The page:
In 2020 and 2021, despite the pandemic, AWS remained open for animal admissions, adoptions and veterinary care, though at a reduced capacity, based on state and federal guidelines and staffing. In 2021, AWS increased its community programs to work with more families in need of assistance to keep their pets happy and at home by formally launching the Stay@Home program, including the in-house pet food pantry.

The Board of Directors in early 2022 approved a new mission statement to better reflect AWS' approach to meeting the needs of the community's animals - and the people who love them.

2023 saw the growth of the Stay@Home program with twice as many people reaching out for resources, particularly temporary boarding. Additionally, the foster program was expanded, with record numbers of pets staying in foster care while awaiting adoption or during their temporary boarding. Finally, in addition to the aforementioned community initiatives, AWS held its 4th annual Woofstock Festival, a free family-friendly and dog-friendly event, held on a summer afternoon on AWS' grounds which brought thousands of community members to our facility, many for the first time. By increasing our community's knowledge of our organization (AWS is much more than "just" an animal shelter), we can better serve the pets and community members who need us most, thus creating a happier and healthier community for all pets and people.

How we listen

SOURCE: Self-reported by organization

Seeking feedback from people served makes programs more responsive and effective. Here’s how this organization is listening.

done We shared information about our current feedback practices.
  • How is your organization using feedback from the people you serve?

    To identify and remedy poor client service experiences, To identify bright spots and enhance positive service experiences, To make fundamental changes to our programs and/or operations, To inform the development of new programs/projects, To identify where we are less inclusive or equitable across demographic groups, To strengthen relationships with the people we serve, To understand people's needs and how we can help them achieve their goals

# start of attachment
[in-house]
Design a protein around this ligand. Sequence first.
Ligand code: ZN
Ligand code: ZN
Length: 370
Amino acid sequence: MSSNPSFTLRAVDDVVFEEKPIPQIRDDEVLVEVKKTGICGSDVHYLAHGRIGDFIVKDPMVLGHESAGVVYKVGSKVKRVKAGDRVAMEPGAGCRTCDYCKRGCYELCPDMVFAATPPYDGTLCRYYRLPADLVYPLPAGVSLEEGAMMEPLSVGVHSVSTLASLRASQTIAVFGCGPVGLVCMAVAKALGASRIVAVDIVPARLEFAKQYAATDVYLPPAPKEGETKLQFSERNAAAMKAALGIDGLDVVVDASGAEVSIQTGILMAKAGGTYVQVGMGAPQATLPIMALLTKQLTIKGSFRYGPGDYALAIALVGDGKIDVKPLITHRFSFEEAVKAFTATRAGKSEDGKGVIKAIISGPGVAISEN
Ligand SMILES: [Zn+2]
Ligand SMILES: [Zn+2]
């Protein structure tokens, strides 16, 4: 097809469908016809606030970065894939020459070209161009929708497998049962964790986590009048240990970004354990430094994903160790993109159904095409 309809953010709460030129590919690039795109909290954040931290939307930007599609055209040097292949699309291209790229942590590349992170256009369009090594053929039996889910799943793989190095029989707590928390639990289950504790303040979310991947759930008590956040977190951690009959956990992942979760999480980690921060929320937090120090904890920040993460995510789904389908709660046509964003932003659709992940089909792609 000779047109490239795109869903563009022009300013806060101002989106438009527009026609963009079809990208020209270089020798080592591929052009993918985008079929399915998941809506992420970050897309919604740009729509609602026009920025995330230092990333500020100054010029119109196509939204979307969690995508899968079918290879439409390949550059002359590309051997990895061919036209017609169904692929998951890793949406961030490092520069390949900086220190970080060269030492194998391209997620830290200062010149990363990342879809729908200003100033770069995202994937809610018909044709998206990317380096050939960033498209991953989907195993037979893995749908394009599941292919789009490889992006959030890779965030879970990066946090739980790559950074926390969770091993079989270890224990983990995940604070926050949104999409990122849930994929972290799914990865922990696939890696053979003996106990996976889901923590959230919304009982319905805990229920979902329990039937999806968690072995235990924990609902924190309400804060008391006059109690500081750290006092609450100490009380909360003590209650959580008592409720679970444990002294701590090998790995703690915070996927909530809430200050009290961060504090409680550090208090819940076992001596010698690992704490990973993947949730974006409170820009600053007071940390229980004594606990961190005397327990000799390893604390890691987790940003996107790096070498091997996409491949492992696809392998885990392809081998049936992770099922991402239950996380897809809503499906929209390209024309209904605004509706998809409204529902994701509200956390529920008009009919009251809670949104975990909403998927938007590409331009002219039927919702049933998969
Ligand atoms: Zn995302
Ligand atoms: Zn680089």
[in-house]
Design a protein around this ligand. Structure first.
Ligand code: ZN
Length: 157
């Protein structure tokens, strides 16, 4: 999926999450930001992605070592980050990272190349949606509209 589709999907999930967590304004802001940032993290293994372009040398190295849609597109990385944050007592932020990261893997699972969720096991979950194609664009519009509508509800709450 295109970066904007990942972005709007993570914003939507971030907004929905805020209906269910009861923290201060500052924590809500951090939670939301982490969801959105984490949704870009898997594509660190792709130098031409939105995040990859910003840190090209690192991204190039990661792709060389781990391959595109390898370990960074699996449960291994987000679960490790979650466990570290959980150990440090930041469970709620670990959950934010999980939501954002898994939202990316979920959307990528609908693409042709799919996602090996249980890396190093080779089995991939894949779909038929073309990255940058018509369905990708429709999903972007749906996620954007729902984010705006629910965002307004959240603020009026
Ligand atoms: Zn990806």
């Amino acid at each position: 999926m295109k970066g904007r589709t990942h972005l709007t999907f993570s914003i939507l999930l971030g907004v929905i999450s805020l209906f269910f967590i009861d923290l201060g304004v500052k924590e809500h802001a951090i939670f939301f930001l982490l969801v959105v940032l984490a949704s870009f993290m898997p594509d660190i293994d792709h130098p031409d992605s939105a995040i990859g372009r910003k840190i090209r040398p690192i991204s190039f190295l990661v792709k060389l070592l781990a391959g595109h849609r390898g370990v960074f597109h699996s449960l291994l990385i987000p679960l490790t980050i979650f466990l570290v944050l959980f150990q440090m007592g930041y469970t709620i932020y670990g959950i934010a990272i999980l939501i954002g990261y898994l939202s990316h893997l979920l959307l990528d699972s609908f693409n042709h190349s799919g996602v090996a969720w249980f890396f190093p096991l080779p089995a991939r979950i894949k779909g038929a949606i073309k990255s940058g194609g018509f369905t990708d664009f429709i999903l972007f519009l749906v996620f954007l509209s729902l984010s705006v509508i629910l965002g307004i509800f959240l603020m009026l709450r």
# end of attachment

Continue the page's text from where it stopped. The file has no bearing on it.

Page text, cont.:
• Which of the following feedback practices does your organization routinely carry out?

    We collect feedback from the people we serve at least annually, We aim to collect feedback from as many people we serve as possible, We look for patterns in feedback based on people’s interactions with us (e.g., site, frequency of service, etc.)

  • What challenges does the organization face when collecting feedback?

    It is difficult to get the people we serve to respond to requests for feedback, We don’t have the right technology to collect and aggregate feedback efficiently, Staff find it hard to prioritize feedback collection and review due to lack of time

Revenue vs. expenses:  breakdown

SOURCE: IRS Form 990 info
NET GAIN/LOSS:    in 
Note: When component data are not available, the graph displays the total Revenue and/or Expense values.

Liquidity in 2022 info

SOURCE: IRS Form 990

21.24

Average of 15.19 over 10 years

Months of cash in 2022 info

SOURCE: IRS Form 990

1.5

Average of 1.7 over 10 years

Fringe rate in 2022 info

SOURCE: IRS Form 990

17%

Average of 15% over 10 years

Funding sources info

Source: IRS Form 990

Assets & liabilities info

Source: IRS Form 990

Financial data

SOURCE: IRS Form 990

ANIMAL WELFARE SOCIETY INC

Revenue & expenses

Fiscal Year: Jul 01 - Jun 30

SOURCE: IRS Form 990 info

Fiscal year ending: cloud_download Download Data

ANIMAL WELFARE SOCIETY INC

Balance sheet

Fiscal Year: Jul 01 - Jun 30

SOURCE: IRS Form 990 info

The balance sheet gives a snapshot of the financial health of an organization at a particular point in time. An organization's total assets should generally exceed its total liabilities, or it cannot survive long, but the types of assets and liabilities must also be considered. For instance, an organization's current assets (cash, receivables, securities, etc.) should be sufficient to cover its current liabilities (payables, deferred revenue, current year loan, and note payments). Otherwise, the organization may face solvency problems. On the other hand, an organization whose cash and equivalents greatly exceed its current liabilities might not be putting its money to best use.

Fiscal year ending: cloud_download Download Data

ANIMAL WELFARE SOCIETY INC

Financial trends analysis Glossary & formula definitions

Fiscal Year: Jul 01 - Jun 30

SOURCE: IRS Form 990 info

This snapshot of ANIMAL WELFARE SOCIETY INC’s financial trends applies Nonprofit Finance Fund® analysis to data hosted by GuideStar. While it highlights the data that matter most, remember that context is key – numbers only tell part of any story.

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Business model indicators

Profitability info 2018 2019 2020 2021 2022
Unrestricted surplus (deficit) before depreciation -$52,501 -$337,199 $1,312,404 $940,466 -$339,315
As % of expenses -1.7% -11.0% 44.5% 35.8% -11.2%
Unrestricted surplus (deficit) after depreciation -$240,151 -$590,614 $1,065,282 $713,006 -$550,082
As % of expenses -7.5% -17.7% 33.3% 25.0% -17.0%
Revenue composition info
Total revenue (unrestricted & restricted) $3,439,127 $2,887,266 $4,322,280 $2,891,052 $3,248,197
Total revenue, % change over prior year 6.6% -16.0% 49.7% -33.1% 12.4%
Program services revenue 32.0% 45.4% 33.4% 56.8% 51.4%
Membership dues 0.0% 0.0% 0.0% 0.0% 0.0%